We consider the magnetorotational instability (MRI) of a hydrodynamically stable Taylor-Couette flow with a helical external magnetic field in the inductionless approximation defined by a zero magnetic Prandtl number (Pm=0). This leads to a considerable simplification of the problem eventually containing only hydrodynamic variables. First, we point out that magnetic field adds more dissipation while it does not change the base flow which is the only source of energy for growing perturbations. Thus, it seems unclear from the energetic point of view how such a hydrodynamically stable flow can turn unstable in the presence of a helical magnetic field as it has been found recently by Hollerbach and Rüdiger [Phys. Rev. Lett. 95, 124501 (2005)]. We revisit this problem by using a Chebyshev collocation method to calculate the eigenvalue spectrum of the linearized problem. In this way, we confirm that a helical magnetic field can indeed destabilize the flow in the inductionless approximation. Second, we integrate the linearized equations in time to study the transient behavior of small amplitude perturbations, thus showing that the energy arguments are correct as well. However, there is no real contradiction between both facts. The linear stability theory predicts the asymptotic development of an arbitrary small-amplitude perturbation, while the energy stability theory yields the instant growth rate of any particular perturbation, but it does not account for the evolution of this perturbation. Thus, although switching on the magnetic field instantly increases the energy decay rate of the dominating hydrodynamic perturbation, in the same time this perturbation ceases to be an eigenmode in the presence of the magnetic field. Consequently, this perturbation is transformed with time and so becomes able to extract energy from the base flow necessary for the growth.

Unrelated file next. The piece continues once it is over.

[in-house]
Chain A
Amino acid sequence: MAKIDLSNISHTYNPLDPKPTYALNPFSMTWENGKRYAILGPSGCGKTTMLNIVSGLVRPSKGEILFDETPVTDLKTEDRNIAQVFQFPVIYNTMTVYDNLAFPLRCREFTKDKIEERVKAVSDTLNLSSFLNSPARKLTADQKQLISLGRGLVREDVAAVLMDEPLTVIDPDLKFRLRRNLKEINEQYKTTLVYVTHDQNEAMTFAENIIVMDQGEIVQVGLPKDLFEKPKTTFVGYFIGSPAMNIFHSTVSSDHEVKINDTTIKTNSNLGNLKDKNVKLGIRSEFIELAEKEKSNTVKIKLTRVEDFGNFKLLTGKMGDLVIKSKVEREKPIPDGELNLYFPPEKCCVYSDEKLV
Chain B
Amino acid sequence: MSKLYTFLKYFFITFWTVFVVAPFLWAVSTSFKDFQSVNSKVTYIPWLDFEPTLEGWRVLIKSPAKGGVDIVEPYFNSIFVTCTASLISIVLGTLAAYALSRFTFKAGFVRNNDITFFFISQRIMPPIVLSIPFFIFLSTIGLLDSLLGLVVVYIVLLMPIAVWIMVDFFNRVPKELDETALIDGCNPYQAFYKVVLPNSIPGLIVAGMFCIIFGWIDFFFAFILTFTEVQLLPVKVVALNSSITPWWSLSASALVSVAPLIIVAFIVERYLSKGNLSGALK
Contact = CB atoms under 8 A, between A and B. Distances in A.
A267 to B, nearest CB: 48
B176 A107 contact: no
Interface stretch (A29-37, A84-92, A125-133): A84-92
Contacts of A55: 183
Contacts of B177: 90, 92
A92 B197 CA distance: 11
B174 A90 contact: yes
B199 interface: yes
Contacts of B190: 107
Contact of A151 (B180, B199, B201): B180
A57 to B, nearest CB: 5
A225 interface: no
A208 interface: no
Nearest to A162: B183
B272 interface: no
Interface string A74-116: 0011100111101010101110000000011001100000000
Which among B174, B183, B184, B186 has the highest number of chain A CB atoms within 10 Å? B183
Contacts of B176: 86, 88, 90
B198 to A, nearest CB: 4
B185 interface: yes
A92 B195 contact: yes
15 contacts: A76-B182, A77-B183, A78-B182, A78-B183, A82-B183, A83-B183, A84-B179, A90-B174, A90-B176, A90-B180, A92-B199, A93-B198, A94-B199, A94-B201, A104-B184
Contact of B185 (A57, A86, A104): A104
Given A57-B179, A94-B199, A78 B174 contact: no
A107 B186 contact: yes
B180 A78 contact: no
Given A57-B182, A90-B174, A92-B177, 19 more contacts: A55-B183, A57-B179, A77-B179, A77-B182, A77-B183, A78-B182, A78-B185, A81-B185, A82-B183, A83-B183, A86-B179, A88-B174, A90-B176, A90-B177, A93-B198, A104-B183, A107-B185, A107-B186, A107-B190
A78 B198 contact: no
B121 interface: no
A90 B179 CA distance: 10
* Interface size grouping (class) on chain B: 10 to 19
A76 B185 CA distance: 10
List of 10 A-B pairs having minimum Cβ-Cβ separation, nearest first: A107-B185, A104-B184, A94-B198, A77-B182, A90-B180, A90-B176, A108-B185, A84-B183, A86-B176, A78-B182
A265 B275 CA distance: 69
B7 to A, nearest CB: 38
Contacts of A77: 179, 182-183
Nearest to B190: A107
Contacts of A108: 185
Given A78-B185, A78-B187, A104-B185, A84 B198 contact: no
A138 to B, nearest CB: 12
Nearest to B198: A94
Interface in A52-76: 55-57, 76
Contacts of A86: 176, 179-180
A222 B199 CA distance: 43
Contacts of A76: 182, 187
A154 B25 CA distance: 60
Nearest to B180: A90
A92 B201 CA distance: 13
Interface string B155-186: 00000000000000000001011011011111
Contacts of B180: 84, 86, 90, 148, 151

|Journal||Physical Review E - Statistical, Nonlinear, and Soft Matter Physics|
|Publication status||Published - 16 Apr 2007|
ASJC Scopus subject areas
- Physics and Astronomy(all)
- Condensed Matter Physics
- Statistical and Nonlinear Physics
- Mathematical Physics